Internet users falling prey to ‘click-jacking’ schemes

PROVIDENCE, R.I. (WPRI) — The Federal Trade Commission is warning consumers to be on the lookout for fake news stories plastered all over social media websites.

If you haven’t heard of click-jacking, you most likely will soon. With so much happening in the news from Ebola, to enterovirus, to the ISIS threat – our news feeds are loaded with links. However, your curiosity could be steering you down the wrong road.

Nothing piques our curiosity more than a good headline, but experts say to click at your own risk.

“By doing that, it puts you and your computer in danger,” said Claire Rosenzweig, president of the Better Business Bureau.

“Click baiting” or “click jacking” is the latest cyber threat that’s tricking Internet users into clicking a link that’s not what it seems.

“It’s hijacking your click. An example could be ‘see these nude photos that were hacked’ or ‘Robin Williams’ last words’ or it could even be ‘win a free iPad’,” said David Sendroff.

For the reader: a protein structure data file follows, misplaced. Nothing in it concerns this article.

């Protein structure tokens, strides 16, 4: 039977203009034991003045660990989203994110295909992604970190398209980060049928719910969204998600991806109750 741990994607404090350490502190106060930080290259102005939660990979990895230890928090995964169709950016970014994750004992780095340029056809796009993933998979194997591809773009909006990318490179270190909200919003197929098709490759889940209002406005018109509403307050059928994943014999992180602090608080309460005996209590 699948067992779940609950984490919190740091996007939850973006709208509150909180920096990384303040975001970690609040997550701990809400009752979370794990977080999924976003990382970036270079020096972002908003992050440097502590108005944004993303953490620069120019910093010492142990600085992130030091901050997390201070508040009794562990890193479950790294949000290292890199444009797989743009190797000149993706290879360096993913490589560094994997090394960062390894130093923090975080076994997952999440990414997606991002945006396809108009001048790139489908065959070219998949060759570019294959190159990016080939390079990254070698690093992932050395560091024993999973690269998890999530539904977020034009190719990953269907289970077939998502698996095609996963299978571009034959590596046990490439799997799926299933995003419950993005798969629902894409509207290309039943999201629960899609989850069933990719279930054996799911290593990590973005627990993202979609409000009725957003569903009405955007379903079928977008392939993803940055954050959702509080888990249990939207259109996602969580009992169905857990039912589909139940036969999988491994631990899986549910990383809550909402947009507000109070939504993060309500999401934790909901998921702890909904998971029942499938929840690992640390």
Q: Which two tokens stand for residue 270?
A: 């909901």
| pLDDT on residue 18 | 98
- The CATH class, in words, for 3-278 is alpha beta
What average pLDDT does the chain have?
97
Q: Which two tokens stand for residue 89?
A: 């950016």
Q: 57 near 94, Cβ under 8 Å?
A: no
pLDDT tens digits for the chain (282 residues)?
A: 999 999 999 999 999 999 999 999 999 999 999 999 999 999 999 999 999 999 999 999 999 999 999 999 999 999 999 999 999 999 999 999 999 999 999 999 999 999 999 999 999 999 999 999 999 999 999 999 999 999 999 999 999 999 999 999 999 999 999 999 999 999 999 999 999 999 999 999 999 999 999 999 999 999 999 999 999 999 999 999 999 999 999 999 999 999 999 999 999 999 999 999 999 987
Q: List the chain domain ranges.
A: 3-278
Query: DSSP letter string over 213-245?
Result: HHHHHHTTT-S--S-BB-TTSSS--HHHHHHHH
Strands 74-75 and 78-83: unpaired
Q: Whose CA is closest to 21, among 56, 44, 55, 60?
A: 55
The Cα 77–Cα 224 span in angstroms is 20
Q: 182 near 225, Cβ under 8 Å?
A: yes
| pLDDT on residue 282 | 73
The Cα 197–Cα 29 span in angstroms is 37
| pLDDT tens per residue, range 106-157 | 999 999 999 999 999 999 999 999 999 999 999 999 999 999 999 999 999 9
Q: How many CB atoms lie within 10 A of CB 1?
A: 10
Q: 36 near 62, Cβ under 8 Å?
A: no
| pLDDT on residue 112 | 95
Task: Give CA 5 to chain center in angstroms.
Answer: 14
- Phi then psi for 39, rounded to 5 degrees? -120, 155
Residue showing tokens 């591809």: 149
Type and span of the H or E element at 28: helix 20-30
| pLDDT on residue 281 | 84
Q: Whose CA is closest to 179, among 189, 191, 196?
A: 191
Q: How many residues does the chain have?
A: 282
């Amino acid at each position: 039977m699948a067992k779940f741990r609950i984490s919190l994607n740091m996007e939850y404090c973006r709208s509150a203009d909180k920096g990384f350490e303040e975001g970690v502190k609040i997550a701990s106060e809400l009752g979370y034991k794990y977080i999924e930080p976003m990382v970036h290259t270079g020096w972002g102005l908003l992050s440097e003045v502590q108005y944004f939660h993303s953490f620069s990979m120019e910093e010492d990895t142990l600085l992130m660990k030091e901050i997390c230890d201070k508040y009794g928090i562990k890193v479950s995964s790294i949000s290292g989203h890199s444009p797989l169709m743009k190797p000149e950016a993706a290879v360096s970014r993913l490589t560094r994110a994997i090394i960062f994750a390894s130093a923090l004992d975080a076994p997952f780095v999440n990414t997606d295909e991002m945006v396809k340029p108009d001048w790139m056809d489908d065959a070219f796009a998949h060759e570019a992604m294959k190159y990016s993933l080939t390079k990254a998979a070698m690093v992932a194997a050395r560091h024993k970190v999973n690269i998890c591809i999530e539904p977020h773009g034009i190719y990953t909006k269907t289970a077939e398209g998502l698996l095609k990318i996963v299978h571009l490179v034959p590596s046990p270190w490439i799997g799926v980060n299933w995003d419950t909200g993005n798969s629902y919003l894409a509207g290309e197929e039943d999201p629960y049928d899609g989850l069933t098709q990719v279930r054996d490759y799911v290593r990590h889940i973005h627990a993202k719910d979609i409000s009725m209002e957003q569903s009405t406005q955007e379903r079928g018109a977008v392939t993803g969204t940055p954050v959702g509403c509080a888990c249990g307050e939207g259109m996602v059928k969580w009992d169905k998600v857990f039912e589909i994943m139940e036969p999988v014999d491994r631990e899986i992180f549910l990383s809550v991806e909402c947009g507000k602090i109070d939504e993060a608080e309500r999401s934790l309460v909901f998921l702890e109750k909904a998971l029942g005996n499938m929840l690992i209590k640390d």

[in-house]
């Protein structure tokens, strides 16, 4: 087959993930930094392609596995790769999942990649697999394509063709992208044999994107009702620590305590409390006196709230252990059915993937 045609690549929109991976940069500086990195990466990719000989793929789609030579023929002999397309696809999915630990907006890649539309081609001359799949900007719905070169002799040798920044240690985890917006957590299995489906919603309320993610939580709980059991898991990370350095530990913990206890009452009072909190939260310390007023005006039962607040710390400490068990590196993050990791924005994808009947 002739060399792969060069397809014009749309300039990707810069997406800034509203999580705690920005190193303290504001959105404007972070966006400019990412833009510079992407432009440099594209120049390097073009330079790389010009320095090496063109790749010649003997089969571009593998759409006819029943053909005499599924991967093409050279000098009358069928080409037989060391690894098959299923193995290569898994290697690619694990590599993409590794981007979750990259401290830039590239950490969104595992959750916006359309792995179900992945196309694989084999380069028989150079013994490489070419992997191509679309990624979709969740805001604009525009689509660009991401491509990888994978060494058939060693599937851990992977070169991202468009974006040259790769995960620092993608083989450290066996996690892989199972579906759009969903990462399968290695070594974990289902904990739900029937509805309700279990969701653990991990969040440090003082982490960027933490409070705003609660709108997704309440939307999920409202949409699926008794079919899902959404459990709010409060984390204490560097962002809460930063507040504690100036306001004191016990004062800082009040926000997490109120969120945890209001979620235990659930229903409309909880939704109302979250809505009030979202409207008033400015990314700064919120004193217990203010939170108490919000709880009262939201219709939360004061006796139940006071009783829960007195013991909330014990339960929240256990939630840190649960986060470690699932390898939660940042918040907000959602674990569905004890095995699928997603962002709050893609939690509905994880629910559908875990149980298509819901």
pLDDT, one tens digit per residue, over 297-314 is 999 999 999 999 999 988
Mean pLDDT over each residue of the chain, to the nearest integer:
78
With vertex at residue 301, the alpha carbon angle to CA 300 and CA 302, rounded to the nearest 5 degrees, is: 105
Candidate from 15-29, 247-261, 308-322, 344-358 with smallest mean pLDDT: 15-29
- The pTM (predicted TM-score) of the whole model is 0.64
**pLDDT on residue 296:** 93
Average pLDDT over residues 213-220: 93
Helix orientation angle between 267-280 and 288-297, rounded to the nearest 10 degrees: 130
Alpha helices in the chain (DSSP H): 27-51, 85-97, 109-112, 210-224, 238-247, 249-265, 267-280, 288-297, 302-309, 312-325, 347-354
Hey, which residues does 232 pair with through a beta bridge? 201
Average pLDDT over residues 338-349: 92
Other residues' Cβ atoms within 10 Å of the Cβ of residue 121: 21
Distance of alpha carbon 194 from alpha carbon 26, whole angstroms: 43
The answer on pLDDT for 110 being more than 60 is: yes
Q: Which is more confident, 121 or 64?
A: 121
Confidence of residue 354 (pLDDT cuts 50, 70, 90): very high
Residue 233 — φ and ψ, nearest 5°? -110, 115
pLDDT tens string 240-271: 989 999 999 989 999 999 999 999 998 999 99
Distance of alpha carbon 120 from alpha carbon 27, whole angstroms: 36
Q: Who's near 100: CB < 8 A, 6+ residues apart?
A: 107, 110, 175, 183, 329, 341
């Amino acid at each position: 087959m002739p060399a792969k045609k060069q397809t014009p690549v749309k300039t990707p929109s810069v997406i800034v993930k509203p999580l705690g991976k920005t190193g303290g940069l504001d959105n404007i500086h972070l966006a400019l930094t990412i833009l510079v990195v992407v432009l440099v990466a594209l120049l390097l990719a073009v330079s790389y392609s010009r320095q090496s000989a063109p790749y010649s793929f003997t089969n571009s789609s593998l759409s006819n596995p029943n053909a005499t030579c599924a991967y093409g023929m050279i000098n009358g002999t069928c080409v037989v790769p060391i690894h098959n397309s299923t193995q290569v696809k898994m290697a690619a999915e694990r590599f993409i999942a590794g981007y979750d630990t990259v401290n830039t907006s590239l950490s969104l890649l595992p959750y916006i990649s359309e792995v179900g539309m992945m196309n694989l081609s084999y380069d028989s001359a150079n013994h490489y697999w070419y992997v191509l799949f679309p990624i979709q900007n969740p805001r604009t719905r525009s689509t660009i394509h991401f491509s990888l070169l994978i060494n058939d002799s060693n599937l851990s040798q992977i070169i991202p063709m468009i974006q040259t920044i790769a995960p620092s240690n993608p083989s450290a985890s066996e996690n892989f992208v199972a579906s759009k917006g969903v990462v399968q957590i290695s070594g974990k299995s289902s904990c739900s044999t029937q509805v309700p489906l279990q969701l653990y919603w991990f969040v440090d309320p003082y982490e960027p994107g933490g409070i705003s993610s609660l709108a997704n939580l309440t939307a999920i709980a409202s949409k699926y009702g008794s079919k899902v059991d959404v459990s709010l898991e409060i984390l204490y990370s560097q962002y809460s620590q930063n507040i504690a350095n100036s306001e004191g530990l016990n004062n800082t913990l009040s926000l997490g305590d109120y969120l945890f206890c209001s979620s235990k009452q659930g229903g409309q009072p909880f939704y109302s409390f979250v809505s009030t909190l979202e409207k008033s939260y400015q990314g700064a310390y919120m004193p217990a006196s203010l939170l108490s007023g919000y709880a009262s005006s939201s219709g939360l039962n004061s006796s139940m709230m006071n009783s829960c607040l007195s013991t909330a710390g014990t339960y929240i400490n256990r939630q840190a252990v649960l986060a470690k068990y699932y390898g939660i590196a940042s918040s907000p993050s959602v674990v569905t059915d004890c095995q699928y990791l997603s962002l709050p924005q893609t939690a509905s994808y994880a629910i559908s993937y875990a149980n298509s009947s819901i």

Sendroff, an Internet security expert, said you’ll never actually see any of those things. Instead, when you click, you open yourself up to identity theft, spyware, and more.

“They might instal malware, or they could steal the use of your computer,” Sendroff added.

Links are not the only thing to be wary of, though, since it could come in the form of an email, a text, or a website that rouses your curiosity, according to Rosenzweig.

In order to protect yourself, experts say you can start by using common sense and verifying the information on your own. Before clicking on a link make sure you’re dealing with a legitimate news agency, and most importantly – make sure your computer is protected.

“It’s very important to keep your browser up to date,” said Sendroff. “Out-of-date browsers are more susceptible to things like click-jacking.”

Also, be wary if any of your friends send you a link that says “check this out!” Chances are your friends have been victims of some sort of phishing scam.

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